Retroactive application of worker’s compensation statutes
By org jforward wisbar Joe Forward, Legal Writer, State
Bar of Wisconsin
July 16, 2010 – The Wisconsin Supreme Court recently struck down
as unconstitutional the retroactive application of worker’s
compensation statutes that reopened a private insurers liability for
Insurance v. LIRC, 2010 WI 68 (July 8, 2010), the supreme court
affirmed the circuit court’s conclusion that retroactive
application of Wis. Stat. section 102.17(4) and 102.66(1), as
amended, violated Society’s due process rights and impaired
its contractual obligation.
Gary Liska sustained a work-related injury in 1982 that required
amputation of his right leg below the knee. Society Insurance, his
employer’s insurer, paid worker’s compensation benefits of
approximately $32,000 through 1990.
In 2002, 12 years after Society’s last payment, Society’s
worker’s compensation liability to Liska expired under the section
102.17(4) statute of limitations period.
In 2004, Liska filed for $14,364, and made additional claims
thereafter. Society rejected the claims as time-barred under the
statute’s limitations period.
However, in 2006, the Wisconsin Legislature removed the time
limitations period for traumatic injuries. The amendment required
insurers to continue payments for traumatic injuries that became due
after the 12-year limitations period expired.
The Work Injury Supplemental Benefit Fund (Fund), which supplements
worker’s compensation benefits in addition to what insurers are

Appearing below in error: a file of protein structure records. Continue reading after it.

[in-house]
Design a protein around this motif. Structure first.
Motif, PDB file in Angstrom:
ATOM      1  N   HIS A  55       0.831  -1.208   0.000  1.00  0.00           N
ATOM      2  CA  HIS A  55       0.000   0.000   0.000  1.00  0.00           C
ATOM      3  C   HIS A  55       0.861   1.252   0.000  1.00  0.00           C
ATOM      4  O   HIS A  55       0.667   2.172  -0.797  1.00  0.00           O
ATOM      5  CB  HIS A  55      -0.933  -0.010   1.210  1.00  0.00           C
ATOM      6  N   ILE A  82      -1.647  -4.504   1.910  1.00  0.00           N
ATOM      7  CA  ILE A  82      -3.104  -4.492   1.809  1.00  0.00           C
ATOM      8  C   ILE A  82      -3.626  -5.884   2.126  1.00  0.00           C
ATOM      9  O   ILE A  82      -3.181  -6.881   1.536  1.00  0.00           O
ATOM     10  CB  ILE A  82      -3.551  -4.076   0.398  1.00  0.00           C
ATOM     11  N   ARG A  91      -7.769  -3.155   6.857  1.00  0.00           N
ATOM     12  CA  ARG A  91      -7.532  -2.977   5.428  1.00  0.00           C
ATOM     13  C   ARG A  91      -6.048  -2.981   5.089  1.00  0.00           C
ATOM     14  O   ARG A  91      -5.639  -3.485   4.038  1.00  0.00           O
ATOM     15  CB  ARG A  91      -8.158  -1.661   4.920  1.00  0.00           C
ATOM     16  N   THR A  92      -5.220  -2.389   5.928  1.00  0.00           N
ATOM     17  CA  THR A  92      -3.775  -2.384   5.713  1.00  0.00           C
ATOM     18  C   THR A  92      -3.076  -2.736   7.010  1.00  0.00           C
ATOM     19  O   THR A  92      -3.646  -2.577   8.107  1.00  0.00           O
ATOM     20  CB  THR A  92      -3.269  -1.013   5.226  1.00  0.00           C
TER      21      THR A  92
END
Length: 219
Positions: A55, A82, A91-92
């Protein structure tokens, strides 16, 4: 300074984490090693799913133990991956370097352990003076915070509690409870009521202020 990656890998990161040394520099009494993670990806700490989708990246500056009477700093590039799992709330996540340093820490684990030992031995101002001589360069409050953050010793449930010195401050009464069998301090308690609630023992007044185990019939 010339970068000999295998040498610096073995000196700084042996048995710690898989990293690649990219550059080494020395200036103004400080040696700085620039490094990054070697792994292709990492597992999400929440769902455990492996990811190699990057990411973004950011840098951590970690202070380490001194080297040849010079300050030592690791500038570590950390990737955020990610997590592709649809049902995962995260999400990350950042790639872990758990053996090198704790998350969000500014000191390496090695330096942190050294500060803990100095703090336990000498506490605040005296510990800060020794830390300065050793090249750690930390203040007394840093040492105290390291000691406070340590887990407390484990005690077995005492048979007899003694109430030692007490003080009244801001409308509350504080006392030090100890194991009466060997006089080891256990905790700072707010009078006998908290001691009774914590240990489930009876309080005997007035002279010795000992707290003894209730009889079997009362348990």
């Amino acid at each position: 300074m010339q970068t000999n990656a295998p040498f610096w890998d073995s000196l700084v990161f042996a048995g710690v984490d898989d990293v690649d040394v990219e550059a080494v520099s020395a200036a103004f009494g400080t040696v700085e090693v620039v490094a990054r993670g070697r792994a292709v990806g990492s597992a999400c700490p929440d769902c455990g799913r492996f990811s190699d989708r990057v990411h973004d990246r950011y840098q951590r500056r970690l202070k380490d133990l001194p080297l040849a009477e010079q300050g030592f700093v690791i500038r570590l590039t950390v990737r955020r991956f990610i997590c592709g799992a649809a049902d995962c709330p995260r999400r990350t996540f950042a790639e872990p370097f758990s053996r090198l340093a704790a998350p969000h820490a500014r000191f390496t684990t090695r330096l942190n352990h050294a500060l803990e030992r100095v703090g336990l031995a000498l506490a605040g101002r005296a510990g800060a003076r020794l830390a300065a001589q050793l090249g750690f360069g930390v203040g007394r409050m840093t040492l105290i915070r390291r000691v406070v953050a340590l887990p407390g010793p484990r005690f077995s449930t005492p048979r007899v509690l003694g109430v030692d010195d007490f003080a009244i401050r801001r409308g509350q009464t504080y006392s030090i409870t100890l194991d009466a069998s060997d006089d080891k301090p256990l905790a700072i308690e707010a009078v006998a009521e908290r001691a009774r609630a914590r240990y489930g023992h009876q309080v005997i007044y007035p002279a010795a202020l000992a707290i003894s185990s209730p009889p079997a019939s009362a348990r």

required to pay by statute, covered those expenses rejected by Society
after the 12-year expiration.
The Fund began forwarding Liska’s treatment expense invoices to
Society. That is, the Fund asserted that statutory amendments applied
retroactively to reopen Society’s liability.
After two administrative hearings, the circuit court concluded that
retroactive application of sections 102.17(4) and 102.66(1), as amended,
violated Society’s due process rights and the contract clause of
both the U.S. and Wisconsin constitutions. The appeals court certified
the case for supreme court review.
Wis. Stat sections 102.17(4) and 102.66(1)
Amended section 102.17(4) provides, in pertinent part, that in the case
of traumatic injury, including impairment of a leg, “there shall
be no statute of limitations.”
That is, “benefits or treatment expense for a traumatic injury
becoming due 12 years after [the last payment of compensation] shall be
paid by the employer or insurer.”
In addition, amended section 102.66(1) removed “traumatic
injuries” from the category of meritorious claims entitled to
supplemental benefits from the Fund. Under this amendment, Liska was not
entitled to payments from the Fund after the statute’s effective
As the court explains, and as the parties conceded, the legislature
intended these amendments to apply retroactively, meaning Society, and
not the Fund, was liable for claims that arose beyond the 12-year
limitations period previously in place.
However, the supreme court held that retroactive application, as
applied to Society, “unconstitutionally deprives Society of
property without due process of law and violates the contract clauses of
the state and federal constitutions.”
Noting a two-part test to determine whether retroactive statutes
comport with due process, the supreme court held that retroactive
application violated Society’s due process rights.